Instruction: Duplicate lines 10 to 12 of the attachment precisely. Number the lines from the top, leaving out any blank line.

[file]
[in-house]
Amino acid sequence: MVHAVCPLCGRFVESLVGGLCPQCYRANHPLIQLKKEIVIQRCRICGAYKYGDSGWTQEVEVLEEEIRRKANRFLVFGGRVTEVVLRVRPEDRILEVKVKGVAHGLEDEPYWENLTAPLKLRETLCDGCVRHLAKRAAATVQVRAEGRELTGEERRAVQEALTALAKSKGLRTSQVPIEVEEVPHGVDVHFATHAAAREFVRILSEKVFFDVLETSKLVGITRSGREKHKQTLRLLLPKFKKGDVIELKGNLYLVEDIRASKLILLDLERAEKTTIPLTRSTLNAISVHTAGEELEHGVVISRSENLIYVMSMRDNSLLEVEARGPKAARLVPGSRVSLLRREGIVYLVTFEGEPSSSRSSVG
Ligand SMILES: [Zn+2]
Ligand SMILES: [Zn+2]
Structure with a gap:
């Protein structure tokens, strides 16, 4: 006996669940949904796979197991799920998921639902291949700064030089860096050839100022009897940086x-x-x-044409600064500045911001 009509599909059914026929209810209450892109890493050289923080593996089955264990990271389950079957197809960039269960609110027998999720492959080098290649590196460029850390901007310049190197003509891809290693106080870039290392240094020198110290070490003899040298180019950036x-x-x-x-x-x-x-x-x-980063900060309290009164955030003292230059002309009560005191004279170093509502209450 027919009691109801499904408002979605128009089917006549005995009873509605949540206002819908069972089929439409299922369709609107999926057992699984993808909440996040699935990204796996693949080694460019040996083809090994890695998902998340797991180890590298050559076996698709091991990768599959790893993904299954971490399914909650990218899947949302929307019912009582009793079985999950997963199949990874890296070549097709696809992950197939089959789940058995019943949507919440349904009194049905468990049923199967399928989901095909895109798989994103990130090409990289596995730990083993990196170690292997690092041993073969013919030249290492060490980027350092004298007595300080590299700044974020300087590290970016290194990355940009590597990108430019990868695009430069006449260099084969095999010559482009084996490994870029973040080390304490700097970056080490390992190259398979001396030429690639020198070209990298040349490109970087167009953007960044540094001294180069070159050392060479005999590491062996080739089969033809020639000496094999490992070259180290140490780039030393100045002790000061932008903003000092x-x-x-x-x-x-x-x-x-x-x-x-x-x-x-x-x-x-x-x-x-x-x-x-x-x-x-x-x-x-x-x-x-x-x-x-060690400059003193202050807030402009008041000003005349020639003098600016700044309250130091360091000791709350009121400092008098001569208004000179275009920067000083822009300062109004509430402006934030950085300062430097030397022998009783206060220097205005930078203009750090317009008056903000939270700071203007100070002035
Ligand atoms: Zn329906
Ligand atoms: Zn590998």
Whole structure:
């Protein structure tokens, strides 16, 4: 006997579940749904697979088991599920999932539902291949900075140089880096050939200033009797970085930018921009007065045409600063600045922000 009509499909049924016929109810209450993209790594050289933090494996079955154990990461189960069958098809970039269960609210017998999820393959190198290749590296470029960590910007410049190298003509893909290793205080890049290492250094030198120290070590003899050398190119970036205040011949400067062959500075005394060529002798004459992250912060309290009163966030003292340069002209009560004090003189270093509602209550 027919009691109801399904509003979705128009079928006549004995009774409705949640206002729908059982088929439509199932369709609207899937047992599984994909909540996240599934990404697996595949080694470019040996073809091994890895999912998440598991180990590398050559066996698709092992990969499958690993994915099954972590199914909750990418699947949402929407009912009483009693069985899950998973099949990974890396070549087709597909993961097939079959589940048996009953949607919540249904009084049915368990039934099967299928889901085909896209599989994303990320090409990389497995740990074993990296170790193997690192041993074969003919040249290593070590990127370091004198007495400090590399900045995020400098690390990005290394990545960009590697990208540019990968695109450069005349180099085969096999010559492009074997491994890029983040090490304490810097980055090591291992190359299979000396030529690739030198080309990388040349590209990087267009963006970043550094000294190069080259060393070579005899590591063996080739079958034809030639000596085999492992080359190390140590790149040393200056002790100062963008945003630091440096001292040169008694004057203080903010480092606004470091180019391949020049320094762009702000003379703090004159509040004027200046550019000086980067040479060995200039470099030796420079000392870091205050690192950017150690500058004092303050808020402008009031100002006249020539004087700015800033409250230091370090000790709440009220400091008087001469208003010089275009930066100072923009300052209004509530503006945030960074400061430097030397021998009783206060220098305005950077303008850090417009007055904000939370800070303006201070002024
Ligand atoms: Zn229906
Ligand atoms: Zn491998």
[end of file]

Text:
């Protein structure tokens, strides 16, 4: 006997579940749904697979088991599920999932539902291949900075140089880096050939200033009797970085930018921009007065045409600063600045922000 009509499909049924016929109810209450993209790594050289933090494996079955154990990461189960069958098809970039269960609210017998999820393959190198290749590296470029960590910007410049190298003509893909290793205080890049290492250094030198120290070590003899050398190119970036205040011949400067062959500075005394060529002798004459992250912060309290009163966030003292340069002209009560004090003189270093509602209550 027919009691109801399904509003979705128009079928006549004995009774409705949640206002729908059982088929439509199932369709609207899937047992599984994909909540996240599934990404697996595949080694470019040996073809091994890895999912998440598991180990590398050559066996698709092992990969499958690993994915099954972590199914909750990418699947949402929407009912009483009693069985899950998973099949990974890396070549087709597909993961097939079959589940048996009953949607919540249904009084049915368990039934099967299928889901085909896209599989994303990320090409990389497995740990074993990296170790193997690192041993074969003919040249290593070590990127370091004198007495400090590399900045995020400098690390990005290394990545960009590697990208540019990968695109450069005349180099085969096999010559492009074997491994890029983040090490304490810097980055090591291992190359299979000396030529690739030198080309990388040349590209990087267009963006970043550094000294190069080259060393070579005899590591063996080739079958034809030639000596085999492992080359190390140590790149040393200056002790100062963008945003630091440096001292040169008694004057203080903010480092606004470091180019391949020049320094762009702000003379703090004159509040004027200046550019000086980067040479060995200039470099030796420079000392870091205050690192950017150690500058004092303050808020402008009031100002006249020539004087700015800033409250230091370090000790709440009220400091008087001469208003010089275009930066100072923009300052209004509530503006945030960074400061430097030397021998009783206060220098305005950077303008850090417009007055904000939370800070303006201070002024
Ligand atoms: Zn229906
Ligand atoms: Zn491998």